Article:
Experimentation is the name of the game; one of my favourite trends in brewing is revisiting and recreating extinct, ancient or obscure beer styles. The cool thing about beer’s evolution is that brewers are not married to terroir or a good harvest: we can recreate beer’s terroir (water sources) and order hops and grains from all over the world to make whatever we want in a Canadian brewery.

That’s why we have Liberty Village doing a Gose-buster beer (from the town of Gose in Germany, defined by its salty river…) and why Goose Island has a phenomenal barrel-aging program using wild yeasts, nodding to lambic traditions in Belgium.

Creativity is endless: like Warp & Weft from Bellwoods Brewery which is aged in Tequila Barrels for 12 months and fermented with Brettanonymces (a unique yeast strain with wild bacterias). It’s an enemy of wine but a friend of some beer styles — like this Wild American Ale. A reminder: Brett doesn’t make a beer taste sour—it lends funkiness, and depending on what strain you choose, it can range from horsey, barnyard and earth to overripe mango.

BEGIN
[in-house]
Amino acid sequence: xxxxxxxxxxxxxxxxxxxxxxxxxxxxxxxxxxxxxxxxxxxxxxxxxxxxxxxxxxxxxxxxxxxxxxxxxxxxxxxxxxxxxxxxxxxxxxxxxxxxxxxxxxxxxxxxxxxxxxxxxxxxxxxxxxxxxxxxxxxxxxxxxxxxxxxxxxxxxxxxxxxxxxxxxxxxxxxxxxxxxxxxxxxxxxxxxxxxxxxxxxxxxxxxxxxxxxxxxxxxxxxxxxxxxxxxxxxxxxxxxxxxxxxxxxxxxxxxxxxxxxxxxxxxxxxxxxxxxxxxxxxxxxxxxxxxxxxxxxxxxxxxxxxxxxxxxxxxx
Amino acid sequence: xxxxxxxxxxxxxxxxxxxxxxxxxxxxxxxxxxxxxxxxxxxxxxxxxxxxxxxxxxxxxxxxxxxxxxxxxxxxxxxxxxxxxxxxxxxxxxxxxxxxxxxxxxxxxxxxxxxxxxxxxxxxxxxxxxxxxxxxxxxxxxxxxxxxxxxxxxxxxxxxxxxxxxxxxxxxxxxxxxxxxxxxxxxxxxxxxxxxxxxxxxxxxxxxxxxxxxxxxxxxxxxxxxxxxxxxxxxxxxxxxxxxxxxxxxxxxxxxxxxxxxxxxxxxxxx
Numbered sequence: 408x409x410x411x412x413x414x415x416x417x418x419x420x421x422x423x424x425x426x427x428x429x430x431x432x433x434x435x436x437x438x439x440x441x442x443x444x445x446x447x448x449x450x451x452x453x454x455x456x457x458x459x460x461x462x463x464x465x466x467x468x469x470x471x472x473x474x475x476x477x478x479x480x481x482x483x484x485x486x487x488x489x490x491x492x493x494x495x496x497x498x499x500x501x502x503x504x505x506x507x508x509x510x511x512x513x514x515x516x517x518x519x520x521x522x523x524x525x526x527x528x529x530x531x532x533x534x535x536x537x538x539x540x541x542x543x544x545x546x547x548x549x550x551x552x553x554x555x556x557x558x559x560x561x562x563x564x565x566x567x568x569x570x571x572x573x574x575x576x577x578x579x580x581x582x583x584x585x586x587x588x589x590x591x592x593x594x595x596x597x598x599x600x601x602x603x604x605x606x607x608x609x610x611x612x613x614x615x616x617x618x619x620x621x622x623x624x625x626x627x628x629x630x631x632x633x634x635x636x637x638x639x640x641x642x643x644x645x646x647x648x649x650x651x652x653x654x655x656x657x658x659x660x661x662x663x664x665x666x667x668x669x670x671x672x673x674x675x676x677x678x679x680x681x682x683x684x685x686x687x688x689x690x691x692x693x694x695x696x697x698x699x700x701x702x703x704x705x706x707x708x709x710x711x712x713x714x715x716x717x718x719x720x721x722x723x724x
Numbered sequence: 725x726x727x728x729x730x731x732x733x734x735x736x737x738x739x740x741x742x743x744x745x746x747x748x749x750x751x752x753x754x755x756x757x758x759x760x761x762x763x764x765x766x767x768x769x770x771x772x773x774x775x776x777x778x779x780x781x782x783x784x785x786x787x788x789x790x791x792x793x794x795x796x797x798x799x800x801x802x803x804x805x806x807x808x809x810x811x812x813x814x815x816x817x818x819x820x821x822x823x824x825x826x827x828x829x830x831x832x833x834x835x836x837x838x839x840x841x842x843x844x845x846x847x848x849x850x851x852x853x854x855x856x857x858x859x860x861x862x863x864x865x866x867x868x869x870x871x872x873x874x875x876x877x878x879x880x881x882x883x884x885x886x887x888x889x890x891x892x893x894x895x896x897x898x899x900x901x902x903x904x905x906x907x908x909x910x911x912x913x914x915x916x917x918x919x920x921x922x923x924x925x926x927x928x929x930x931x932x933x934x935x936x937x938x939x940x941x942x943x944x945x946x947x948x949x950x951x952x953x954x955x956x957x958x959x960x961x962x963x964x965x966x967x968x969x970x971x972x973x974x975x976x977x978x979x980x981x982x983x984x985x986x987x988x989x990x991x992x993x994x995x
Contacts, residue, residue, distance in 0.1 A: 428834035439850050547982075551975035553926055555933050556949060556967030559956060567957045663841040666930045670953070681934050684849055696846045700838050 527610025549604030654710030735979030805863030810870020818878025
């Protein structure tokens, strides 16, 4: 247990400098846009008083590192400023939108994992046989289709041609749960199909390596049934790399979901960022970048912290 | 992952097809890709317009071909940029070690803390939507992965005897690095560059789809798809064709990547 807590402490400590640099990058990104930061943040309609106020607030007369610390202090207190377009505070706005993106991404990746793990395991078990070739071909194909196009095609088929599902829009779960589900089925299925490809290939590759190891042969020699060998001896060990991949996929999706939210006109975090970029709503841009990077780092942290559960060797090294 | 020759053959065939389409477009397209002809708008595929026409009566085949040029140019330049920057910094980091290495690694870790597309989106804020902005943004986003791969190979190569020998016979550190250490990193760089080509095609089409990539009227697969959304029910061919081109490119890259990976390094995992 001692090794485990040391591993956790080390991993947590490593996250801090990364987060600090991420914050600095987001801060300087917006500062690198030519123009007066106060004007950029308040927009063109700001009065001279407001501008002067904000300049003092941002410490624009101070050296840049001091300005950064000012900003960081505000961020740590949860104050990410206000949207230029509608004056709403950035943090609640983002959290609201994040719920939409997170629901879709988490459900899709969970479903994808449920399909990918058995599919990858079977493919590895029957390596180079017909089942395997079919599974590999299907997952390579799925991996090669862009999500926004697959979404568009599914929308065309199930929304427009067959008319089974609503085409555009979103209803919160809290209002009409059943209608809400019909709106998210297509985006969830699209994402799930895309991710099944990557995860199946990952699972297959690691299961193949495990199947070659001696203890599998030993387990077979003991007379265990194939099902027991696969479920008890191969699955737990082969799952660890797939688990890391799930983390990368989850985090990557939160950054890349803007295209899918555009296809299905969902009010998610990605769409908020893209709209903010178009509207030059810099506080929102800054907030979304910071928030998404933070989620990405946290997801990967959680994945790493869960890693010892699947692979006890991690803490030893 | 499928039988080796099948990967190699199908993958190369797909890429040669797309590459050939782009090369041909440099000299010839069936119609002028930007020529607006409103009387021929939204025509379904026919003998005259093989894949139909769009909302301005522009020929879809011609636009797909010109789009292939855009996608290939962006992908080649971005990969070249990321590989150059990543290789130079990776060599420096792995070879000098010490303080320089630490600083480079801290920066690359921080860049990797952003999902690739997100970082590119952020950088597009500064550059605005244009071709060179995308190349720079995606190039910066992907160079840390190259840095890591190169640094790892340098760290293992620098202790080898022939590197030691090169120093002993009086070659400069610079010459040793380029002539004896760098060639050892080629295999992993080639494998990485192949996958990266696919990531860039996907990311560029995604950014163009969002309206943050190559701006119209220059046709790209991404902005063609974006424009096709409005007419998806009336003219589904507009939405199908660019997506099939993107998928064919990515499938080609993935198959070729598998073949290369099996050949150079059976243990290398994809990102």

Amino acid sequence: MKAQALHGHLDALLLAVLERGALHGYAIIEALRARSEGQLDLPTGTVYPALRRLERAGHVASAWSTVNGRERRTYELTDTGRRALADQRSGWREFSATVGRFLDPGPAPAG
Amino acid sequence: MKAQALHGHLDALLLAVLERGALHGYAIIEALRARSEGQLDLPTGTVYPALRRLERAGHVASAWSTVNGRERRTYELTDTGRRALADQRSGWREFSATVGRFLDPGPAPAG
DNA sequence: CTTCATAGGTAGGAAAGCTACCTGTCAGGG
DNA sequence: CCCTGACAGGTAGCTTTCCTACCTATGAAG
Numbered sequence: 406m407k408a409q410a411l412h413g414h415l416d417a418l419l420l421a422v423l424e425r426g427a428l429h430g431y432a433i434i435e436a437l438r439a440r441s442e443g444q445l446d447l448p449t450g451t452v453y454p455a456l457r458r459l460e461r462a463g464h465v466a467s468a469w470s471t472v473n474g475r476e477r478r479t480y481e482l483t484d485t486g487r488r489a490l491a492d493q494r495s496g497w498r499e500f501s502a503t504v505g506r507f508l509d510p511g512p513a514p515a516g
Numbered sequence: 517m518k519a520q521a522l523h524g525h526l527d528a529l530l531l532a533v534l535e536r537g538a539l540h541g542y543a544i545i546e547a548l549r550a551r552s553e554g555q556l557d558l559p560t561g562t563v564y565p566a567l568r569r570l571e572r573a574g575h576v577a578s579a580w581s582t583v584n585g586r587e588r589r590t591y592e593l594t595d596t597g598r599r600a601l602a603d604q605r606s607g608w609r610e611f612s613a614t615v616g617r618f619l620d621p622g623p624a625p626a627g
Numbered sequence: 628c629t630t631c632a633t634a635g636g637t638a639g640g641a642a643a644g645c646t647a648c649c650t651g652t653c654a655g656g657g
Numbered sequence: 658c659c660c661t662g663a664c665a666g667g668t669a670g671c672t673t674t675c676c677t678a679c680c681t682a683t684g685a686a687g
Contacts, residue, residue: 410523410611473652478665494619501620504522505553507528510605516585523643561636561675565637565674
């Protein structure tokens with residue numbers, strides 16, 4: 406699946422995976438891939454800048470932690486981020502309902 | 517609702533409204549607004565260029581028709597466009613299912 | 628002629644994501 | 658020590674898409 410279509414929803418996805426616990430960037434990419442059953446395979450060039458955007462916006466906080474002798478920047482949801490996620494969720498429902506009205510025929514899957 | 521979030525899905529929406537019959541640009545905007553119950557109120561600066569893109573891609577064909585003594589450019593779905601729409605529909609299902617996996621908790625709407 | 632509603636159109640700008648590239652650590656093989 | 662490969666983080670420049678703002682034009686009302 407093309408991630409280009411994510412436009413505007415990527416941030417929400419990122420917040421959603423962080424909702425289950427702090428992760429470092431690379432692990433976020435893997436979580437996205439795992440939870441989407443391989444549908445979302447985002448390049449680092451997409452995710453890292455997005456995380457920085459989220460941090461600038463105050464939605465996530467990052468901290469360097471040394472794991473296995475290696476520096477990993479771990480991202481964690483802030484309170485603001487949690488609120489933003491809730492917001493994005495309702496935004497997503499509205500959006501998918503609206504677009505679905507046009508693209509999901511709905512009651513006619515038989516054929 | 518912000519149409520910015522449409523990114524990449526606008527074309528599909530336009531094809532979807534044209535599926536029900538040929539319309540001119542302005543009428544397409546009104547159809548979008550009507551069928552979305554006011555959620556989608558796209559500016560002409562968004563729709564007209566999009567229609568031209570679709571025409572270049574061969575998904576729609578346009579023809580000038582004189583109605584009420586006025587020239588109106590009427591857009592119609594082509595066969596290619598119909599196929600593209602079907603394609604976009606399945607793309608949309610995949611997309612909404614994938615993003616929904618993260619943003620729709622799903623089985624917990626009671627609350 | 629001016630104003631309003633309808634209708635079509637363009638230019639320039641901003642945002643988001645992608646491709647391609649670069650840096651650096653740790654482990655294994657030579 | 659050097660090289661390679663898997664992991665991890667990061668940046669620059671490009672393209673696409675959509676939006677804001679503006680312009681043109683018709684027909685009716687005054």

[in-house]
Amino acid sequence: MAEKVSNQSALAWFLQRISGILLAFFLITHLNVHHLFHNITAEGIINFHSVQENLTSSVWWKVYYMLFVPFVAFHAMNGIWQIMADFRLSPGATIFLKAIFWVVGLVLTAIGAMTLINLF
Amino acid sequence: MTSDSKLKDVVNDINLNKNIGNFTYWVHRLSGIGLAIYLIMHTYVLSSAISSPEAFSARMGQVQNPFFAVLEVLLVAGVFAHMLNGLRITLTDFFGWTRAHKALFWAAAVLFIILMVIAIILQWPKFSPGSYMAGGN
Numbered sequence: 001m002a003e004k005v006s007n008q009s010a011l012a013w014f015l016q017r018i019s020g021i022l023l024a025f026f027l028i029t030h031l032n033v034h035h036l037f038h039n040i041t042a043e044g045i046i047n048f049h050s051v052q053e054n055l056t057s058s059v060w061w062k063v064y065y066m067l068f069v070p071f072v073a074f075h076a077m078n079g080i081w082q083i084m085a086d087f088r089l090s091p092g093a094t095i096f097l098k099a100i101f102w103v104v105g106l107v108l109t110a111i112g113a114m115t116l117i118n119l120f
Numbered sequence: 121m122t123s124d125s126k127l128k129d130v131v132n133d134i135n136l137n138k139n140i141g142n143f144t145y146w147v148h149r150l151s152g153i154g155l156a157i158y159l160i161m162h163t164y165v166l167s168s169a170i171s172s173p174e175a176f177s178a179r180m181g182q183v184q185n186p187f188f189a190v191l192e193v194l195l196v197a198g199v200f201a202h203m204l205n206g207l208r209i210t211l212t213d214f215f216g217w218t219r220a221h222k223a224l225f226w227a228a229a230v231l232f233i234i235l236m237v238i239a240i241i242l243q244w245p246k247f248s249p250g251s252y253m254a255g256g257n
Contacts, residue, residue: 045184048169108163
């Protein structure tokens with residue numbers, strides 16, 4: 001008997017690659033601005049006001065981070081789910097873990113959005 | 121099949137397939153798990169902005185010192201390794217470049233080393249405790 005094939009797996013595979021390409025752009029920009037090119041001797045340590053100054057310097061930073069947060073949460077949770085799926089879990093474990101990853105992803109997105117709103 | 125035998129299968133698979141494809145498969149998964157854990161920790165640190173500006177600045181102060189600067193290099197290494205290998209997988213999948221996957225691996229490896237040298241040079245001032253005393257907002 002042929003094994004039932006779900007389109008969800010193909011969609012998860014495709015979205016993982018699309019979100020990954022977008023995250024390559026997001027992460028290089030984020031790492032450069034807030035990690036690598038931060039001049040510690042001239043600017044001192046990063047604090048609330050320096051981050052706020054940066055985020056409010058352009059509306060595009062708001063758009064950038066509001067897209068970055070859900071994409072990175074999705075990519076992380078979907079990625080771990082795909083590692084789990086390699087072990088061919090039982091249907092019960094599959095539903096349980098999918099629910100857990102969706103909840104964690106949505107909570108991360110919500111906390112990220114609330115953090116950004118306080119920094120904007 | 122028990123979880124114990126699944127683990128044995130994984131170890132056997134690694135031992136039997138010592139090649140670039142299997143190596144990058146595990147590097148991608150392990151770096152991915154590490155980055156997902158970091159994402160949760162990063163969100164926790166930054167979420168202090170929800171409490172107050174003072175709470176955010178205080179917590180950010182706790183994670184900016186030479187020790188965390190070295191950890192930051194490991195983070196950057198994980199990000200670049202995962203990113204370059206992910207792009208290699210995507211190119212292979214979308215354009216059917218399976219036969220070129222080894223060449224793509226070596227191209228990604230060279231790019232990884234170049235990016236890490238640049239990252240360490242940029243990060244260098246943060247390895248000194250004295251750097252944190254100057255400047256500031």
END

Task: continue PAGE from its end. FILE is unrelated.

At the first session of Beer Master Class we capped off our lunch with this cellared, limited edition, wild brew called Warp & Weft from Bellwoods Brewery alongside a lemon basil pudding topped with shortbread, beet meringue, fennel syrup and berry rhubarb jam.

Beer tasting note: Aged in tequila barrels, Warp & Weft is citrusy and tangy, with backing notes of aloe, grapefruit, lime juice and salt mixed—put that altogether and the beer tastes a lot like a very good margarita. How much fun is that?

Why it worked: Beer and dessert pairing rules call for the ale to be sweeter than the dessert. We broke them here and it worked. The Citrusy, tangy flavours synced up with the tart lemon pudding. The fennel and spice added new depth to the beer, and the earthy beet found a friend in the ale’s funk. Aw yeah.

Also sip it with: Light fish, ceviche. Mexican. Thai.